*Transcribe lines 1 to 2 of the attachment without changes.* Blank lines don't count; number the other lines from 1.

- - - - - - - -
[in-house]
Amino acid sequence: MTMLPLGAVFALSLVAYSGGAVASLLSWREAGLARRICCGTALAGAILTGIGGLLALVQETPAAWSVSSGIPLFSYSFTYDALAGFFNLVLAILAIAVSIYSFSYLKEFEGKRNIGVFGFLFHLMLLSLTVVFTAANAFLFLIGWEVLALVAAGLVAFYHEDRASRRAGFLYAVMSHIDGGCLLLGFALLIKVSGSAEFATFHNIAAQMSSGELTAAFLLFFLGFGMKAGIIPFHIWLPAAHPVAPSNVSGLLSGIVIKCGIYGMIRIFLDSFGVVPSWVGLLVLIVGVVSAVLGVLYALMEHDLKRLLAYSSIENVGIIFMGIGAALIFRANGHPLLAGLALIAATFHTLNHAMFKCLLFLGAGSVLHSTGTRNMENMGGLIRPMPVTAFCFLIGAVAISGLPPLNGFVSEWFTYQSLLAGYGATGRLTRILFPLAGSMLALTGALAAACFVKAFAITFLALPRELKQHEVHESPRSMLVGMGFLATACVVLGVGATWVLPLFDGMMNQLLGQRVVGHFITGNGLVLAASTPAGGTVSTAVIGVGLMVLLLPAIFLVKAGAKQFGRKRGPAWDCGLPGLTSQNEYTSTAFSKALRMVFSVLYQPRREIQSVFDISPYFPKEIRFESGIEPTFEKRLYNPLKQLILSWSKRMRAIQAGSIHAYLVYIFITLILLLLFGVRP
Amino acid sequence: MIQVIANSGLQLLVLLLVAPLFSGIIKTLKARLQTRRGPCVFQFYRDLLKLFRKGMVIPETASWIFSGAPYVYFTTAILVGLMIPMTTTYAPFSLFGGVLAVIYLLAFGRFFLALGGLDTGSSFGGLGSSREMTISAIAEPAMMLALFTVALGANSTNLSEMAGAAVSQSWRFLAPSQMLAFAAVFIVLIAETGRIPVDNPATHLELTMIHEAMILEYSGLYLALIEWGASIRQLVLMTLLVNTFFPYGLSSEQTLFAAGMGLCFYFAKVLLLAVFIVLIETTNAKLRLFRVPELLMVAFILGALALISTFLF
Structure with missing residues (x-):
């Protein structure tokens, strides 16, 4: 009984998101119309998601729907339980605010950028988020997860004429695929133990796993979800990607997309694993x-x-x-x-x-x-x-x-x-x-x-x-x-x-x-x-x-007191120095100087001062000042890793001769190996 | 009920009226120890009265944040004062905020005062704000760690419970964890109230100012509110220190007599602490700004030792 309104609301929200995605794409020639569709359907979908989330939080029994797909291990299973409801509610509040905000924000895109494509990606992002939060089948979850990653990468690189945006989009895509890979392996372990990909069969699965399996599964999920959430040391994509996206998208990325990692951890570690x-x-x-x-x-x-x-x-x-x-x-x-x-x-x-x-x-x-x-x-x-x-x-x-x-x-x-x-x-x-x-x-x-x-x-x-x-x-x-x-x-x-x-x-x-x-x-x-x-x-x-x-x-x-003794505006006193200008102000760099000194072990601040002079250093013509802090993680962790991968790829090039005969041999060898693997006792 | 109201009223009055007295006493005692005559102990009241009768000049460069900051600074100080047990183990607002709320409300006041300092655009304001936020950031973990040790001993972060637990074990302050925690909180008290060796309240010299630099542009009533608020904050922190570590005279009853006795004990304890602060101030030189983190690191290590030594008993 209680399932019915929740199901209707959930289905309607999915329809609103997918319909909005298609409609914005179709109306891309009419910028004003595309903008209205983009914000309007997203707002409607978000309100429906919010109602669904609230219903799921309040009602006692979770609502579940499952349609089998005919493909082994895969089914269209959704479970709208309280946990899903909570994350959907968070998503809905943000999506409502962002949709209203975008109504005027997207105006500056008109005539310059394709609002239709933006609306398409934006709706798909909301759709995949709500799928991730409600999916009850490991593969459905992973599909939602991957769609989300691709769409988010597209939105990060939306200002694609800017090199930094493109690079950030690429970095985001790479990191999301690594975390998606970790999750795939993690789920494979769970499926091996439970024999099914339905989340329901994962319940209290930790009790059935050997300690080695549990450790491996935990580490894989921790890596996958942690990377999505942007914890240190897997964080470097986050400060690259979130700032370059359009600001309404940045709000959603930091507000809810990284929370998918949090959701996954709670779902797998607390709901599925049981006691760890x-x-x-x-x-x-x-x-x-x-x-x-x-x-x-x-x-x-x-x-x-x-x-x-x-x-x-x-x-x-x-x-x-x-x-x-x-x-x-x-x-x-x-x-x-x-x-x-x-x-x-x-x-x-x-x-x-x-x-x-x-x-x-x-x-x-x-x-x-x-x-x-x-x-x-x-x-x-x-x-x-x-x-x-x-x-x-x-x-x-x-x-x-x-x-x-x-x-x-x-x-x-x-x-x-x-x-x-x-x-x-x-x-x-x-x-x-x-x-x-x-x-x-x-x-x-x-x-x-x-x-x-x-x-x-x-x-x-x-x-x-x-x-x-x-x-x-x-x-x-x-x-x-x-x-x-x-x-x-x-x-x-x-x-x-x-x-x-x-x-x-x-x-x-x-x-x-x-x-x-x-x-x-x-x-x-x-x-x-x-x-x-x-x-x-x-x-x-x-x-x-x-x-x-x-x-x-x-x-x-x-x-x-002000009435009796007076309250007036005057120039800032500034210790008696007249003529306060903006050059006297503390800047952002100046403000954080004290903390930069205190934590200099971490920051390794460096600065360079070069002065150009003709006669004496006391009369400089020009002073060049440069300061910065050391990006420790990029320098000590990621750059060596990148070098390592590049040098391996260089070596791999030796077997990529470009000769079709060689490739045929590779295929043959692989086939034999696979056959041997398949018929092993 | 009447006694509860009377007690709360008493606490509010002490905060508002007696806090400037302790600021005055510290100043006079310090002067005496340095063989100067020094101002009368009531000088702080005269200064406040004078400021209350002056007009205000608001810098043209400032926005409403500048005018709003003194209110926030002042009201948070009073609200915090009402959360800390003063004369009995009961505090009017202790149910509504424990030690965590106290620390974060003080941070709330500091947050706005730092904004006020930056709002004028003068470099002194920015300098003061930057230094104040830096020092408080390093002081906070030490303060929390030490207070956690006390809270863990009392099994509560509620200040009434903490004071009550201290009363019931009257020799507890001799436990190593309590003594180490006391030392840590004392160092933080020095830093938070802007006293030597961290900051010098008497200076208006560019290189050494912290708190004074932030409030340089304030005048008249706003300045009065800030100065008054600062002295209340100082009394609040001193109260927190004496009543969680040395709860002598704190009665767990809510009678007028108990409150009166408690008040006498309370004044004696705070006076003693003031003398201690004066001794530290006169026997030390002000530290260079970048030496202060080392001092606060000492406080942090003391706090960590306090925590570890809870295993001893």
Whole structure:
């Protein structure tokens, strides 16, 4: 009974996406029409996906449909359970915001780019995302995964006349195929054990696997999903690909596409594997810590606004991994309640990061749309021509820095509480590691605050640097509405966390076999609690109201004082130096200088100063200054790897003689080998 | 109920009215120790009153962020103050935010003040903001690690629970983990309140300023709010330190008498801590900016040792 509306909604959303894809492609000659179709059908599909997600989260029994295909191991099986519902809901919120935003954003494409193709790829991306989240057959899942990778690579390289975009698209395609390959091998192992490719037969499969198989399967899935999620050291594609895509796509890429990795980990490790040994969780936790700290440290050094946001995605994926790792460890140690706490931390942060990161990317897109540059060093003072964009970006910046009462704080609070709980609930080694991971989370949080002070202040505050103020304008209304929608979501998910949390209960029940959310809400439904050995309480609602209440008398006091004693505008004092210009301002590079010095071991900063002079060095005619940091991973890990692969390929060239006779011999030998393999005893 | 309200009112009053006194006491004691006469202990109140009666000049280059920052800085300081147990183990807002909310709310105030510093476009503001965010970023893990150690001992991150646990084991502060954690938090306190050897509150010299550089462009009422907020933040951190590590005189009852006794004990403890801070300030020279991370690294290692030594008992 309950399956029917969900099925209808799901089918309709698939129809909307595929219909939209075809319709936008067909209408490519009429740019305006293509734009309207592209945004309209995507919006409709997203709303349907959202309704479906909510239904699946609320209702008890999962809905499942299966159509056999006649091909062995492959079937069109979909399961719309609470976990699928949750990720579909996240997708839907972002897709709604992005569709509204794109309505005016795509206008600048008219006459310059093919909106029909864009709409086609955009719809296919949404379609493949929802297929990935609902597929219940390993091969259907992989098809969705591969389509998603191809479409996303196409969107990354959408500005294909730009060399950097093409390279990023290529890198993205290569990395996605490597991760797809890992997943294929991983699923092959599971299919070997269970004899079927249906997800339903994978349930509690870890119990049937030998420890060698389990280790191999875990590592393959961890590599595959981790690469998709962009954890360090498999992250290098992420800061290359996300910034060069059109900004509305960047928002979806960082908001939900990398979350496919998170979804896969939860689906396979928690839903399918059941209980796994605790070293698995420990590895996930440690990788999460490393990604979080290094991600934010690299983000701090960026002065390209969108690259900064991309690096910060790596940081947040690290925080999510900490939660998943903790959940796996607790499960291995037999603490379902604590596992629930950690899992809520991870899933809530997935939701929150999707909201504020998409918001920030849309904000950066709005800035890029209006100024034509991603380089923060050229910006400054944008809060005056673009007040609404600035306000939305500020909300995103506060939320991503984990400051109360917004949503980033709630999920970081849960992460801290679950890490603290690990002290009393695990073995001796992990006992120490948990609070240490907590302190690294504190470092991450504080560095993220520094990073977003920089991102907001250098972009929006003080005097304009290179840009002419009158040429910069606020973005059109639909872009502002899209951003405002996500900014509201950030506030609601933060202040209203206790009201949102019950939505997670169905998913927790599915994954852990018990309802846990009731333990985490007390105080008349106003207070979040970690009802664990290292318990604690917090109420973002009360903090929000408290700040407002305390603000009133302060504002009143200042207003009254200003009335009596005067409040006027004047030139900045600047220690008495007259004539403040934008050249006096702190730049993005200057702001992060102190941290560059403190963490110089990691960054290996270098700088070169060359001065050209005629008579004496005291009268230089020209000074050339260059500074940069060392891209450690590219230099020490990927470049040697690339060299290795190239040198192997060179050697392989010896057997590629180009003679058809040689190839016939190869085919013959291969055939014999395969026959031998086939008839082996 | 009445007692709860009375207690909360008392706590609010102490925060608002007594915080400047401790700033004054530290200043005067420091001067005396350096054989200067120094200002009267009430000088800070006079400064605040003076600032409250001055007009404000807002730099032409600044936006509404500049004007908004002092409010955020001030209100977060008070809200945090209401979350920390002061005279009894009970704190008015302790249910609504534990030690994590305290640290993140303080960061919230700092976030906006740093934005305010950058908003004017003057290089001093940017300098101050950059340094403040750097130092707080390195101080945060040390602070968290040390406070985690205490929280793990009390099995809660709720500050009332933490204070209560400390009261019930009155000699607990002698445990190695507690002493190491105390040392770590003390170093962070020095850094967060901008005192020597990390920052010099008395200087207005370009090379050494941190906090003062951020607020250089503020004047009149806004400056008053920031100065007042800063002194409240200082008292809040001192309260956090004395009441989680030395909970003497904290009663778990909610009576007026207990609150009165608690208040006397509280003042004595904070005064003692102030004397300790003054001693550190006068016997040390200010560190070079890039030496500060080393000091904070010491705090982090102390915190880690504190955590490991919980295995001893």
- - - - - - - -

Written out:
[in-house]
Amino acid sequence: MTMLPLGAVFALSLVAYSGGAVASLLSWREAGLARRICCGTALAGAILTGIGGLLALVQETPAAWSVSSGIPLFSYSFTYDALAGFFNLVLAILAIAVSIYSFSYLKEFEGKRNIGVFGFLFHLMLLSLTVVFTAANAFLFLIGWEVLALVAAGLVAFYHEDRASRRAGFLYAVMSHIDGGCLLLGFALLIKVSGSAEFATFHNIAAQMSSGELTAAFLLFFLGFGMKAGIIPFHIWLPAAHPVAPSNVSGLLSGIVIKCGIYGMIRIFLDSFGVVPSWVGLLVLIVGVVSAVLGVLYALMEHDLKRLLAYSSIENVGIIFMGIGAALIFRANGHPLLAGLALIAATFHTLNHAMFKCLLFLGAGSVLHSTGTRNMENMGGLIRPMPVTAFCFLIGAVAISGLPPLNGFVSEWFTYQSLLAGYGATGRLTRILFPLAGSMLALTGALAAACFVKAFAITFLALPRELKQHEVHESPRSMLVGMGFLATACVVLGVGATWVLPLFDGMMNQLLGQRVVGHFITGNGLVLAASTPAGGTVSTAVIGVGLMVLLLPAIFLVKAGAKQFGRKRGPAWDCGLPGLTSQNEYTSTAFSKALRMVFSVLYQPRREIQSVFDISPYFPKEIRFESGIEPTFEKRLYNPLKQLILSWSKRMRAIQAGSIHAYLVYIFITLILLLLFGVRP